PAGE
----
Boston University’s Sexual Assault Response and Prevention Center is sponsoring White Ribbon Week from Monday to Thursday to advocate against sexual and interpersonal violence on campus.
“By taking the WRW pledge, we promise to promote respect, dignity and equality, and speak out against attitudes and behaviors that contribute to assault or violence,” said SARP Administrative Coordinator Sarah Voorhees. “Terriers are pro-social, positive bystanders who step up and step in to end interpersonal violence.”
BU’s campaign is part of a larger international movement, concluding in White Ribbon Day Thursday, to promote intervention and prevention services for victims of sexual assault and domestic violence and their children, Voorhees said.
For their second annual White Ribbon Week campaign at BU, SARP’s student advocates and volunteers, working closely with the Center for Gender, Sexuality, and Activism, set up tables at several locations at BU. Advocates placed tables at the George Sherman Union Link, 100 Bay State Road and BU’s Fitness and Recreation Center.
Simon Cantwell, a College of Engineering freshman, worked at a table in the GSU Link.
“I’ve had a lot of people stop by today that seem really into White Ribbon Week and what it stands for,” he said. “I was surprised by the amount of people who signed, it was pretty impressive to see.”
Tori Dutcher-Brown, the CGSA’s public relations coordinator, said beyond providing a vital sense of awareness and activism against sexual assault and violence on campus, White Ribbon Week also provides a greater forum for discussion and a sense of solidarity amongst survivors of sexual assault or violence.
“White Ribbon Week is so vital to our community because it gives survivors a voice,” said Dutcher-Brown, a College of Arts and Sciences freshman. “It works against the societal tendency which silences people who have had crimes committed against them or who have even been told these crimes are their own fault. WRW gives these people a forum to discuss these issues openly and unapologetically.”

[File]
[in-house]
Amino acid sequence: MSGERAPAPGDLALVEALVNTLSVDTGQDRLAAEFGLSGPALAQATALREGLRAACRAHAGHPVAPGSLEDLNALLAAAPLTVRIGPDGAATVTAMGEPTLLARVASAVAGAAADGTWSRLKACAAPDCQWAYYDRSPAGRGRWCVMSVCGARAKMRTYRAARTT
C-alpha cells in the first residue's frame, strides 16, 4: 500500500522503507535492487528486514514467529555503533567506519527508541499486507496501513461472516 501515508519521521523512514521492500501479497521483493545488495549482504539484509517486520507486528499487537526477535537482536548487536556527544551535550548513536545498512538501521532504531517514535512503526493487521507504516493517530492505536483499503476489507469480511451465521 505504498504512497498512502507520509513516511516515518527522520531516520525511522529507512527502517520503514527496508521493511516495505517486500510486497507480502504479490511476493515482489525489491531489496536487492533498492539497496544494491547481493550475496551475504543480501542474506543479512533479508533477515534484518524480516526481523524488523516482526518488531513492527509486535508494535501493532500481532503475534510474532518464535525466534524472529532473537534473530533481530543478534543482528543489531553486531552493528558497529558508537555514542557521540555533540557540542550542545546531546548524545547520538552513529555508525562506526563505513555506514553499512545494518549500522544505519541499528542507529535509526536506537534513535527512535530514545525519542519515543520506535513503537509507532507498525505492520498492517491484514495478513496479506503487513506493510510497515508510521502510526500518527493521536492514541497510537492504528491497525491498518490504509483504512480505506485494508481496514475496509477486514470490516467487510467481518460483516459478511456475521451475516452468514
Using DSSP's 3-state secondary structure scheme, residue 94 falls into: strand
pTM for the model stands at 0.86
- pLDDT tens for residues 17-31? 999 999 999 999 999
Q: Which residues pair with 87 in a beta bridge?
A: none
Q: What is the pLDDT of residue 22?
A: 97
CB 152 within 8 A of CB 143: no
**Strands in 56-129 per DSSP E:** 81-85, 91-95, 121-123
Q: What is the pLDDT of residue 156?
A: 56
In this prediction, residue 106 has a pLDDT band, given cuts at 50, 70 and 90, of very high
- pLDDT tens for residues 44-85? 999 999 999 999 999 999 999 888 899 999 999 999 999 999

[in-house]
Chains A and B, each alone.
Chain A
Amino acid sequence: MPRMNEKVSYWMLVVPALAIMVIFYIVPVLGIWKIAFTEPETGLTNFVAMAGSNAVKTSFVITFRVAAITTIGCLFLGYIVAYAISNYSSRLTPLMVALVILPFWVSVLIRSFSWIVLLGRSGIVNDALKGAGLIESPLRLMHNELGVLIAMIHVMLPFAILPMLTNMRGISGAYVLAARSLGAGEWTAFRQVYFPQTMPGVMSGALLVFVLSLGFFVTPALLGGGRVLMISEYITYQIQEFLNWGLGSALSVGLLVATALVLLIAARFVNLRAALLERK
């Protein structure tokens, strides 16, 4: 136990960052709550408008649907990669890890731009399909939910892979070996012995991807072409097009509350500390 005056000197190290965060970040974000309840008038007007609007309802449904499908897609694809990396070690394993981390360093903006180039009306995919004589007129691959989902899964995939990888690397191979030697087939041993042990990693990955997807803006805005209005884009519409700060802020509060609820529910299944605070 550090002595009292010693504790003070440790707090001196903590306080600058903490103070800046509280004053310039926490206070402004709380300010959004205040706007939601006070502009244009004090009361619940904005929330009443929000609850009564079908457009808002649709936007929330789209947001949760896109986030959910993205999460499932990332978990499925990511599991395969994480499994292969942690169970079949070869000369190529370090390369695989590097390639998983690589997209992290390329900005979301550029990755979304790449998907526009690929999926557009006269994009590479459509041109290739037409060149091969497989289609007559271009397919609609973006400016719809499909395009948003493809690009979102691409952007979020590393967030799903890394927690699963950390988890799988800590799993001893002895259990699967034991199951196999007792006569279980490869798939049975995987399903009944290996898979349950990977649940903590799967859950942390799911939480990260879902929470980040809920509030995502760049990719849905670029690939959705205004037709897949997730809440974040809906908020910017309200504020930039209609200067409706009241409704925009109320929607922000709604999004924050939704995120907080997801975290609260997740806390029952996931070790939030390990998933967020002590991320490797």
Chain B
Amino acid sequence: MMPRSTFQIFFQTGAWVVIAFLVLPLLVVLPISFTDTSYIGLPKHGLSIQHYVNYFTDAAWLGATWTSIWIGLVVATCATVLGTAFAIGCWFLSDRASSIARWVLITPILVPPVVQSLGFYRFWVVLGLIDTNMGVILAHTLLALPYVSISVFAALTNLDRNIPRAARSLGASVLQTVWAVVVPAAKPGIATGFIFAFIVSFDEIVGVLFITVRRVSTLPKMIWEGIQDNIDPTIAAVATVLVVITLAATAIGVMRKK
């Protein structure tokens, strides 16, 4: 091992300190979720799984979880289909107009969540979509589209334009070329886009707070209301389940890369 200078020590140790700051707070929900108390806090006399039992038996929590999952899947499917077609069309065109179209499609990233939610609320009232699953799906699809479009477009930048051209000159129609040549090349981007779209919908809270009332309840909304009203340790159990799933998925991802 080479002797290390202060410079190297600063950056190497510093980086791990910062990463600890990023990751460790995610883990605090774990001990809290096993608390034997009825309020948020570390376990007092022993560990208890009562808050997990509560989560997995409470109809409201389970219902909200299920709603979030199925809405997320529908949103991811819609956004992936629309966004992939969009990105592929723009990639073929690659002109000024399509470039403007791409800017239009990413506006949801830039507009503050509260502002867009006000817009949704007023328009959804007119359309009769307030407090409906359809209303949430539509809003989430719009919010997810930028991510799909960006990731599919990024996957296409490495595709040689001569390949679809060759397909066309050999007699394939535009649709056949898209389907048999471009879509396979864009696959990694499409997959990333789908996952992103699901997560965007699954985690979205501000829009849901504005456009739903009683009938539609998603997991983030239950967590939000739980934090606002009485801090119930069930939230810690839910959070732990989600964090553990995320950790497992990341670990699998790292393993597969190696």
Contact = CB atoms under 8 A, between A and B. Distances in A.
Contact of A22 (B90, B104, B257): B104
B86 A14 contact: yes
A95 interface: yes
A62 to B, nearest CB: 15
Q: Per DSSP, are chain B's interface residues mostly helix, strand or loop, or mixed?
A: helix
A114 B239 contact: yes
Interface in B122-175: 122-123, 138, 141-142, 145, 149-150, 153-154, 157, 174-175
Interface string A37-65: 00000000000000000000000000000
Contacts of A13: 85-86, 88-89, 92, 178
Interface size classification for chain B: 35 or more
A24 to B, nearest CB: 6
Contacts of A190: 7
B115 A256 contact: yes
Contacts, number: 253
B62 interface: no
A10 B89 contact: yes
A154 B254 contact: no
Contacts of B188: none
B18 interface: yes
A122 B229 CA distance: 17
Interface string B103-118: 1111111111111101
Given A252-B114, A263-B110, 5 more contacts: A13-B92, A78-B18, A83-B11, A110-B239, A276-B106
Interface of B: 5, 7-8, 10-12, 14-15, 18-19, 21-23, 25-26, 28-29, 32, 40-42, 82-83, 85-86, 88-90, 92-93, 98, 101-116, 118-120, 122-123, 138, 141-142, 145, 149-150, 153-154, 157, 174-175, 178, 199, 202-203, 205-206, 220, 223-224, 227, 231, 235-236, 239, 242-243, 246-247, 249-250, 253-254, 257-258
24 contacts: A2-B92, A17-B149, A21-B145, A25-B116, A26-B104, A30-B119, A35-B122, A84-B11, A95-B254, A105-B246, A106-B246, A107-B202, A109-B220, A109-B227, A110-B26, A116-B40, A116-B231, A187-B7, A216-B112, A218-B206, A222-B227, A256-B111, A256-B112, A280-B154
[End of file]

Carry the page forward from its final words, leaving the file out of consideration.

SARP, which works closely with many other campus centers and organizations to provide medical care and support to sexual assault victims around campus, hopes to establish White Ribbon Week as an annual event at BU, Voorhees said.
“SARP hopes that BU White Ribbon Week will become a tradition that students look forward to, each March, recommitting themselves to be part of the solution to end interpersonal violence,” she said.
Dutcher-Brown said White Ribbon Week encourages a sense of community among students who have endured violence in the past.
“It’s very important for all of us to have people in our space discuss their experiences and find validation with other survivors to know that there’s people who are working together and trying to get them justice,” she said. “If there’s no awareness, how is there supposed to be action?”
On Thursday, students who signed the White Ribbon Pledge will wear White Ribbon pins, distributed by SARP volunteers, to display support to symbolize the greater international movement to end sexual assault and bring justice to survivors and their families, Voorhees said.
“The White Ribbon Campaign is active worldwide in 60 countries, and has collected millions of signatures,” Voorhees said. “BU White Ribbon Week aims to remind us that interpersonal violence is an issue that affects all of us and that we must be active in being part of the solution.”
Voorhees said BU’s tight-knit student community was a catalyst for both White Ribbon Week’s success and its growing prominence in BU’s movement against sexual assault and violence.
“At Boston University we are a community,” she said. “We care about our fellow Terriers.”